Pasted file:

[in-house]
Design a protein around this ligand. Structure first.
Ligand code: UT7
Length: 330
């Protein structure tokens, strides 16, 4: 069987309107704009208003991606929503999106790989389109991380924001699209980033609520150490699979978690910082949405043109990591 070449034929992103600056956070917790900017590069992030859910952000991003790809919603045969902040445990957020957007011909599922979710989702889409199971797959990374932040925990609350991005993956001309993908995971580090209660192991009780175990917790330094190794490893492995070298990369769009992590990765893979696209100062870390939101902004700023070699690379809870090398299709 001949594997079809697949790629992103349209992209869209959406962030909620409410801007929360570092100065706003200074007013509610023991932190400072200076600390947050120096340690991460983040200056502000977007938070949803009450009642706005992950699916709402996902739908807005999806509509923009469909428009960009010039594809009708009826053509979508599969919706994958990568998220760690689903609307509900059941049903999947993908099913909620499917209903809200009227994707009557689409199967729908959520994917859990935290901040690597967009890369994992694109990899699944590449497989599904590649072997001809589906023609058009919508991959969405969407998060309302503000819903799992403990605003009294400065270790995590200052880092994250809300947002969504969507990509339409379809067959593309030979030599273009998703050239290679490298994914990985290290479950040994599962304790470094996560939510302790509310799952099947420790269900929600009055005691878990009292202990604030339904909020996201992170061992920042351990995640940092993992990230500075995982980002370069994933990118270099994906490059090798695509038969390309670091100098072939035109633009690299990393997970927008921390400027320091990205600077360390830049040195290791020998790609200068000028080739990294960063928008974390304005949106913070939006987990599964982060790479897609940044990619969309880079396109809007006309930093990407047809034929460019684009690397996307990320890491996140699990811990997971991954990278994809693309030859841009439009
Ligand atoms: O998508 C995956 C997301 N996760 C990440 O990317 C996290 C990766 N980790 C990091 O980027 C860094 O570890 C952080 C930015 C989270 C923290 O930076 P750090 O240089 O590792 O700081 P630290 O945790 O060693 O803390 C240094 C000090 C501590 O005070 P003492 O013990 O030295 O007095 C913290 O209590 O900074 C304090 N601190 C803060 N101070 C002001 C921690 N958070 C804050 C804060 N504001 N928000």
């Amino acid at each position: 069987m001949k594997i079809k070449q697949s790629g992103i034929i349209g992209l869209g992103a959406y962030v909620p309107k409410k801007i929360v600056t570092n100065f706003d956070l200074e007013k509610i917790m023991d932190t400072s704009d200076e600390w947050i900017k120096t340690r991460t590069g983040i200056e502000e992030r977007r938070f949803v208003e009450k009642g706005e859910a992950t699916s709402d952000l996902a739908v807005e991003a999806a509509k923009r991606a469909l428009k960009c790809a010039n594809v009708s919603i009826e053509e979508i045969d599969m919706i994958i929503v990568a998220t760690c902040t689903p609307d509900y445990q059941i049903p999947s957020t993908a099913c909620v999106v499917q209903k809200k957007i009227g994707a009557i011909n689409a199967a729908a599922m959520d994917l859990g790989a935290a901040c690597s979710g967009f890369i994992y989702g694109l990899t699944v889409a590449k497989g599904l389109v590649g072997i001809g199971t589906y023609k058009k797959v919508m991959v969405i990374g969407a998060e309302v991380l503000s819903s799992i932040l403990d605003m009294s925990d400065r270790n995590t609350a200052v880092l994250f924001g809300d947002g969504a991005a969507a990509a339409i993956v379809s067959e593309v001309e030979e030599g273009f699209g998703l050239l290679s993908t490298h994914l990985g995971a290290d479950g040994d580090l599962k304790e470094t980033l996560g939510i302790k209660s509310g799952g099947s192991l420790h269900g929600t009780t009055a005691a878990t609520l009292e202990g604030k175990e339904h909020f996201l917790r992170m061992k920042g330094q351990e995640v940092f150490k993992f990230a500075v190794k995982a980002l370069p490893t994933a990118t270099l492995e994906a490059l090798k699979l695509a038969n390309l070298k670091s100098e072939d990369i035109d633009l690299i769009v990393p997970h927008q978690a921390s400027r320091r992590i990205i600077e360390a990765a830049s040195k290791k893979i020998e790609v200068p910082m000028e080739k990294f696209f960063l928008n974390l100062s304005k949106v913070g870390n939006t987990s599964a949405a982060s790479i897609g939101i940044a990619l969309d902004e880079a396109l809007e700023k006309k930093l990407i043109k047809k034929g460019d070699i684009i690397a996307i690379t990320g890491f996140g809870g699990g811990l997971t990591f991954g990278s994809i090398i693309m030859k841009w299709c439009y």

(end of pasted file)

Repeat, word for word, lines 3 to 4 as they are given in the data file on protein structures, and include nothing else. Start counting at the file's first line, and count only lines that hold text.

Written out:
Ligand code: UT7
Length: 330